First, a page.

What the Establishment Is Saying About SAAS

By Chris Preimesberger  |  Posted 2008-10-28 Print this article Print

Thanks to the pervasiveness of broadband, increasing storage capacity, and improvement in networking software and hardware, software as a service is becoming a strategically important alternative in the enterprise, particularly during the current U.S. economic downturn. As SAAS grows into a major marketing, sales and administration tool for enterprise business, it is gathering "establishment" client/server enemies as it disrupts IT system after IT system.

Software as a service has many variations and aliases, which include the terms cloud computing, on-demand applications, grid computing and others.

The idea of subscribing to SAAS for business goes way back to the big-hunk mainframe computers of the 1970s, which companies such as IBM and Amdahl built and subdivided for those services. Later, in the late 1990s, companies that provided services via the Internet or through private networks were called application service providers, which became the forerunner of today's SAAS.

Thanks largely to the availability of broadband I/O bandwidth, increasing storage capacity and improvement in networking software and hardware, SAAS is becoming an increasingly important alternative in the enterprise, especially during the current U.S. economic downturn.

Web-based startup companies that cannot afford to build their own IT infrastructures simply do not have to; they can lease all the bandwidth they need, use open-source software for the application and build on architectural templates in the SAAS cloud without having to put up a lot of capital to do it.

As a result, SAAS continues to grow, slowly but surely, into a major marketing, sales and administration tool for enterprise business.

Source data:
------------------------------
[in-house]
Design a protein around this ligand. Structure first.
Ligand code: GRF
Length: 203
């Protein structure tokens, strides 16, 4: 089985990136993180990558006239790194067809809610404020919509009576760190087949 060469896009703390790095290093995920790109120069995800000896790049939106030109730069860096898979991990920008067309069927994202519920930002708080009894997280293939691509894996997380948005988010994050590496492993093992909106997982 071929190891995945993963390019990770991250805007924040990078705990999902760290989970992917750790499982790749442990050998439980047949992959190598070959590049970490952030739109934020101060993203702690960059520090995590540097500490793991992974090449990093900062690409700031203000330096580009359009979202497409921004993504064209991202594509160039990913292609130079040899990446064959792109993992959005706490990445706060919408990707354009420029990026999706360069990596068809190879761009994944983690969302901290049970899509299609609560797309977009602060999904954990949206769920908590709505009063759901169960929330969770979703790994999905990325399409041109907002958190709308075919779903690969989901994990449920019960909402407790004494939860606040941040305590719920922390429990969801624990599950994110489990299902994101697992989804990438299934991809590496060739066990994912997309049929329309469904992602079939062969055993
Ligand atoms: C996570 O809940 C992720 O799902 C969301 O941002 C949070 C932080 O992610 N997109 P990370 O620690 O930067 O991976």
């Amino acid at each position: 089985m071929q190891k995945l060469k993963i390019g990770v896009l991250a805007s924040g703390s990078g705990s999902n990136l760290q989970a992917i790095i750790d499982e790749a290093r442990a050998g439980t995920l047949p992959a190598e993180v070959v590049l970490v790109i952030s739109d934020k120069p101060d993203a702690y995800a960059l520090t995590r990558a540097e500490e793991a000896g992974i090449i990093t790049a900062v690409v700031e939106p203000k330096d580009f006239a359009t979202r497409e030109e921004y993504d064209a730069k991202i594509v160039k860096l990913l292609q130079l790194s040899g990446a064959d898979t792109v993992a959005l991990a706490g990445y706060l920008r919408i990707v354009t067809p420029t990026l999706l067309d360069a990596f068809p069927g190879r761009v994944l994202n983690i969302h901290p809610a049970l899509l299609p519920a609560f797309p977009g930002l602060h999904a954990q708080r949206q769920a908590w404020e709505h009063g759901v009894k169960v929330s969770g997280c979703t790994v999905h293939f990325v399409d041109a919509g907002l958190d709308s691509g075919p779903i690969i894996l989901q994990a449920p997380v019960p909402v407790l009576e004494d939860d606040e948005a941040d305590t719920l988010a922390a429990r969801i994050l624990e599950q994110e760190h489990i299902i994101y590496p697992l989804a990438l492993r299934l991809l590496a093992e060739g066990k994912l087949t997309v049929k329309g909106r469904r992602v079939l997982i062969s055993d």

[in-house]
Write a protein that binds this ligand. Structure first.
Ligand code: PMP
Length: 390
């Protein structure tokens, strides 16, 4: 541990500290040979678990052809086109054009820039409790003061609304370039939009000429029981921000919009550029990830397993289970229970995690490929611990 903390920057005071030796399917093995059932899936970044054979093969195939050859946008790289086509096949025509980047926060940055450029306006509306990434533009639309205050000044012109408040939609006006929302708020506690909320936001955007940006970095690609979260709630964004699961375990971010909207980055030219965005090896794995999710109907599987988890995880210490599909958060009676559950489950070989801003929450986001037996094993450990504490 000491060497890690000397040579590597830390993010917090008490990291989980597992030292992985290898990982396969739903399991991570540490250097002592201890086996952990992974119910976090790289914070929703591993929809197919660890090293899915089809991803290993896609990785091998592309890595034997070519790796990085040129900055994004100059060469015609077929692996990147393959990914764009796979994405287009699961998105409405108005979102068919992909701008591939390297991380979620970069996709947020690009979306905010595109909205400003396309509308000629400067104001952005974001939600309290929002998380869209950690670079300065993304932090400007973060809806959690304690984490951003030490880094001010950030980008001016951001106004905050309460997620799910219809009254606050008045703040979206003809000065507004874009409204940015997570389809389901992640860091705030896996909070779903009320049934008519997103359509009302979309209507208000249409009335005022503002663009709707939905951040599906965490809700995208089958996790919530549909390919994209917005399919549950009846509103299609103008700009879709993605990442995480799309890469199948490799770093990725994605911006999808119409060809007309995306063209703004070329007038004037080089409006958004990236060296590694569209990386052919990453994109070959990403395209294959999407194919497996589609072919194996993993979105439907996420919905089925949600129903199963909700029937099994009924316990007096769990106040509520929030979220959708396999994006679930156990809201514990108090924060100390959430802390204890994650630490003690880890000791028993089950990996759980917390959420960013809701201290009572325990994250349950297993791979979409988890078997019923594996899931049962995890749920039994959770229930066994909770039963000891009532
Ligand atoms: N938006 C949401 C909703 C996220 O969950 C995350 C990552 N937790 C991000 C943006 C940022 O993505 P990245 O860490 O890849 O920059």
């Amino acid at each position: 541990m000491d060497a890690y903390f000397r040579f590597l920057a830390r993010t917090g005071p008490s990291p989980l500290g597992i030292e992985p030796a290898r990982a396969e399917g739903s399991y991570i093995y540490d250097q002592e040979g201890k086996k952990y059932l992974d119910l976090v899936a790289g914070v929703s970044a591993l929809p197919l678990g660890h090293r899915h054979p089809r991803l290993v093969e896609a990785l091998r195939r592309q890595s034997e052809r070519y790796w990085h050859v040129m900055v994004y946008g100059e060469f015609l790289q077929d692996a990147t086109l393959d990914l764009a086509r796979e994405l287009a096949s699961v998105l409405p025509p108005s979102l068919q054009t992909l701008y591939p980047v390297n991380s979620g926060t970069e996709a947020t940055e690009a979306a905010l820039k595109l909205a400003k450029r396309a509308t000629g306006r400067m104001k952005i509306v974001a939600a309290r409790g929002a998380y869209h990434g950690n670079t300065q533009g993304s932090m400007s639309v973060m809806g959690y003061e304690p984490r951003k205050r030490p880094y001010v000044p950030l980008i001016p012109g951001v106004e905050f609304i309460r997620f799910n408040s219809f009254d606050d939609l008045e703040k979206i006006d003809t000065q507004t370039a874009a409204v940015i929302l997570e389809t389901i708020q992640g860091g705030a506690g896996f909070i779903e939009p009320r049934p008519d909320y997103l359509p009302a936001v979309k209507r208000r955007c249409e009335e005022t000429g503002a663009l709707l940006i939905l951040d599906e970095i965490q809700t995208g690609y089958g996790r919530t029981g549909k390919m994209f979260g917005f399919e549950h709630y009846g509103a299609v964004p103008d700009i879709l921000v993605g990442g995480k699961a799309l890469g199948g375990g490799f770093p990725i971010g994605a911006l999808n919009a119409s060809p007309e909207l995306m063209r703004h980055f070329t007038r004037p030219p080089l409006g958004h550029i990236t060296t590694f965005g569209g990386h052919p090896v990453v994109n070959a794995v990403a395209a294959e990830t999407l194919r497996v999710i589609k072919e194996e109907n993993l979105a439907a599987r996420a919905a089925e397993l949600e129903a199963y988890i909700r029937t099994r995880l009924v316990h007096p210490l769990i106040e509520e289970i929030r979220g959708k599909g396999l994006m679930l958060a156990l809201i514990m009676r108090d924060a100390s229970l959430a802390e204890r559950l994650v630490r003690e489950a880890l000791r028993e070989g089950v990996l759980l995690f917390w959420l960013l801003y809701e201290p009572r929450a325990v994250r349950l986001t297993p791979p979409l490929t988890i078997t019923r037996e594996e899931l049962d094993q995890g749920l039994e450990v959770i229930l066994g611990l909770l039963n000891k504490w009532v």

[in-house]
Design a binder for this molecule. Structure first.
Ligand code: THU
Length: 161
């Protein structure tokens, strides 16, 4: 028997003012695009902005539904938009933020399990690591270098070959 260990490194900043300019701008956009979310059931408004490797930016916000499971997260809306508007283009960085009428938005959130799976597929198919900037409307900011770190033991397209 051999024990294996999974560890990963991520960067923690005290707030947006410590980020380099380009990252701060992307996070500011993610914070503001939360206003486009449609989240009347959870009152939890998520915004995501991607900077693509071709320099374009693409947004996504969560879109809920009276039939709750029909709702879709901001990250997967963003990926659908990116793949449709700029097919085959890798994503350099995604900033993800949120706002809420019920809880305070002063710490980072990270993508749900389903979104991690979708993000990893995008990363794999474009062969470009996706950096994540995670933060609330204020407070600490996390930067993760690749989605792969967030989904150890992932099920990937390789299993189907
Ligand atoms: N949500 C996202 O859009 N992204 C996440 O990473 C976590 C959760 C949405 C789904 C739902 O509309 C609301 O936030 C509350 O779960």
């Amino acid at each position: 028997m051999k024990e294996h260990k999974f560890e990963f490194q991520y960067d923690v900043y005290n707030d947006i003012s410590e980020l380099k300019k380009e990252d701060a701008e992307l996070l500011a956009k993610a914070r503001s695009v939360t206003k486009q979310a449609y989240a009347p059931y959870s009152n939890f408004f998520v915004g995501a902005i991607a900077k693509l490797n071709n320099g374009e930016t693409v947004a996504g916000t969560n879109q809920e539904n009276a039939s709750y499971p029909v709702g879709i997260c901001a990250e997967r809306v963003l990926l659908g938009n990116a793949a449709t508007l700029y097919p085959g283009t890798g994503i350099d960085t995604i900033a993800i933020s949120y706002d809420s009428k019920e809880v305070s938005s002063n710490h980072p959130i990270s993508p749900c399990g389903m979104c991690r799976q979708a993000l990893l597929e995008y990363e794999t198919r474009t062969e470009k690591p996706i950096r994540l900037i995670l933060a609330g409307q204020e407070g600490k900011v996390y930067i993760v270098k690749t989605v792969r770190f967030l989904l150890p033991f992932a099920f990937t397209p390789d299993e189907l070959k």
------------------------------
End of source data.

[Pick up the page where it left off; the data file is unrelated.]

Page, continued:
And, as with any disruptive new technology that threatens the business of established older technologies, negative talk-most often during vendor sales-pitch sessions-invariably materializes, catching the attention of potential customers that might be in the market.

We thought we'd bring some of these conversations into the forefront, so that potential SAAS customers might be prepared for them.

Our main source for this story is Service-now.com CEO Fred Luddy, who has been in the tech/software industry for more than 30 years, starting with the Amdahl mainframe company in the mid-'70s. He started the company after spending 13 years as CTO of Peregrine and Remedy. His marketing director, Matt French, contributed.

Service-now.com, in business since 2005 and claiming several hundred paying customers, provides an ITIL management service suite on demand for a wide range of sectors, including financial services, telcos, transportation, hosted service providers, the media and government agencies. Services include incident/problem/change management, service cataloguing, and knowledge management.

eWEEK asked Luddy and French if they would care to discuss and/or debunk some of these myths about SAAS. What follows are their responses.


Chris Preimesberger Chris Preimesberger was named Editor-in-Chief of Features & Analysis at eWEEK in November 2011. Previously he served eWEEK as Senior Writer, covering a range of IT sectors that include data center systems, cloud computing, storage, virtualization, green IT, e-discovery and IT governance. His blog, Storage Station, is considered a go-to information source. Chris won a national Folio Award for magazine writing in November 2011 for a cover story on Salesforce.com and CEO-founder Marc Benioff, and he has served as a judge for the SIIA Codie Awards since 2005. In previous IT journalism, Chris was a founding editor of both IT Manager's Journal and DevX.com and was managing editor of Software Development magazine. His diverse resume also includes: sportswriter for the Los Angeles Daily News, covering NCAA and NBA basketball, television critic for the Palo Alto Times Tribune, and Sports Information Director at Stanford University. He has served as a correspondent for The Associated Press, covering Stanford and NCAA tournament basketball, since 1983. He has covered a number of major events, including the 1984 Democratic National Convention, a Presidential press conference at the White House in 1993, the Emmy Awards (three times), two Rose Bowls, the Fiesta Bowl, several NCAA men's and women's basketball tournaments, a Formula One Grand Prix auto race, a heavyweight boxing championship bout (Ali vs. Spinks, 1978), and the 1985 Super Bowl. A 1975 graduate of Pepperdine University in Malibu, Calif., Chris has won more than a dozen regional and national awards for his work. He and his wife, Rebecca, have four children and reside in Redwood City, Calif.Follow on Twitter: editingwhiz

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